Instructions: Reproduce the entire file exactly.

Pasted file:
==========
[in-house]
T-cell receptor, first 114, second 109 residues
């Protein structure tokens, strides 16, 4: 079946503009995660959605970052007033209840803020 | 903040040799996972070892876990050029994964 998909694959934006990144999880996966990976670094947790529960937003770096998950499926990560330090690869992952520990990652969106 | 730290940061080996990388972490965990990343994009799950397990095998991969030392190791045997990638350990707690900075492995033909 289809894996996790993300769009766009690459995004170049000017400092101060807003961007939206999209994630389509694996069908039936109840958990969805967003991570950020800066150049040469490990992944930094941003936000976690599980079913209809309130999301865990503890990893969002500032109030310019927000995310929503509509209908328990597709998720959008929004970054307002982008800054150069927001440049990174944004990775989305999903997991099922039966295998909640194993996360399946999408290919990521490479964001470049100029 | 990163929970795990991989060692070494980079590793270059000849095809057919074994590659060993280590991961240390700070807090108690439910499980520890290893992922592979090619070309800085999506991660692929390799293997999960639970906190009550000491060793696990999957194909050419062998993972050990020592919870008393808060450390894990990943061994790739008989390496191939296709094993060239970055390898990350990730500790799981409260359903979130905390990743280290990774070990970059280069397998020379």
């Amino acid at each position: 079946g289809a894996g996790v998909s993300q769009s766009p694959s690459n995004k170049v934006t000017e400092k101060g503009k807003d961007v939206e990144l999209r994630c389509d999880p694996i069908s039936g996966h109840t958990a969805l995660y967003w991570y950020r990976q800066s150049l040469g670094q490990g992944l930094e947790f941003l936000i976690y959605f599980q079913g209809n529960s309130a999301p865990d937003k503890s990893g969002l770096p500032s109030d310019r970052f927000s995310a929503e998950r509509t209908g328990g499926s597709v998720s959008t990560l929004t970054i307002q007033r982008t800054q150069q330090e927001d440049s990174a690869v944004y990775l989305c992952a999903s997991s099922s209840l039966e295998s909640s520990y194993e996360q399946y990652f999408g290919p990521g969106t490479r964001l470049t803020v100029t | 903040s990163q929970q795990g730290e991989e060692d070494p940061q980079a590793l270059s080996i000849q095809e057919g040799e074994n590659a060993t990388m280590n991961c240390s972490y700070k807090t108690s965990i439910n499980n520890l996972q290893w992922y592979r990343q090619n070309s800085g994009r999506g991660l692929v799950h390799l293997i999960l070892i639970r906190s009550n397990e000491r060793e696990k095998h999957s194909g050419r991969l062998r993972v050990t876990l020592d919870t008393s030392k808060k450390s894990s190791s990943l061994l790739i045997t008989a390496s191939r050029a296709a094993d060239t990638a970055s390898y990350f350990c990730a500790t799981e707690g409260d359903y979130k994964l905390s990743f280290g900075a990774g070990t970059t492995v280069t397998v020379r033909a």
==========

[in-house]
T-cell receptor, first 114, second 109 residues
């Protein structure tokens, strides 16, 4: 079946503009995660959605970052007033209840803020 | 903040040799996972070892876990050029994964 998909694959934006990144999880996966990976670094947790529960937003770096998950499926990560330090690869992952520990990652969106 | 730290940061080996990388972490965990990343994009799950397990095998991969030392190791045997990638350990707690900075492995033909 289809894996996790993300769009766009690459995004170049000017400092101060807003961007939206999209994630389509694996069908039936109840958990969805967003991570950020800066150049040469490990992944930094941003936000976690599980079913209809309130999301865990503890990893969002500032109030310019927000995310929503509509209908328990597709998720959008929004970054307002982008800054150069927001440049990174944004990775989305999903997991099922039966295998909640194993996360399946999408290919990521490479964001470049100029 | 990163929970795990991989060692070494980079590793270059000849095809057919074994590659060993280590991961240390700070807090108690439910499980520890290893992922592979090619070309800085999506991660692929390799293997999960639970906190009550000491060793696990999957194909050419062998993972050990020592919870008393808060450390894990990943061994790739008989390496191939296709094993060239970055390898990350990730500790799981409260359903979130905390990743280290990774070990970059280069397998020379």
């Amino acid at each position: 079946g289809a894996g996790v998909s993300q769009s766009p694959s690459n995004k170049v934006t000017e400092k101060g503009k807003d961007v939206e990144l999209r994630c389509d999880p694996i069908s039936g996966h109840t958990a969805l995660y967003w991570y950020r990976q800066s150049l040469g670094q490990g992944l930094e947790f941003l936000i976690y959605f599980q079913g209809n529960s309130a999301p865990d937003k503890s990893g969002l770096p500032s109030d310019r970052f927000s995310a929503e998950r509509t209908g328990g499926s597709v998720s959008t990560l929004t970054i307002q007033r982008t800054q150069q330090e927001d440049s990174a690869v944004y990775l989305c992952a999903s997991s099922s209840l039966e295998s909640s520990y194993e996360q399946y990652f999408g290919p990521g969106t490479r964001l470049t803020v100029t | 903040s990163q929970q795990g730290e991989e060692d070494p940061q980079a590793l270059s080996i000849q095809e057919g040799e074994n590659a060993t990388m280590n991961c240390s972490y700070k807090t108690s965990i439910n499980n520890l996972q290893w992922y592979r990343q090619n070309s800085g994009r999506g991660l692929v799950h390799l293997i999960l070892i639970r906190s009550n397990e000491r060793e696990k095998h999957s194909g050419r991969l062998r993972v050990t876990l020592d919870t008393s030392k808060k450390s894990s190791s990943l061994l790739i045997t008989a390496s191939r050029a296709a094993d060239t990638a970055s390898y990350f350990c990730a500790t799981e707690g409260d359903y979130k994964l905390s990743f280290g900075a990774g070990t970059t492995v280069t397998v020379r033909a």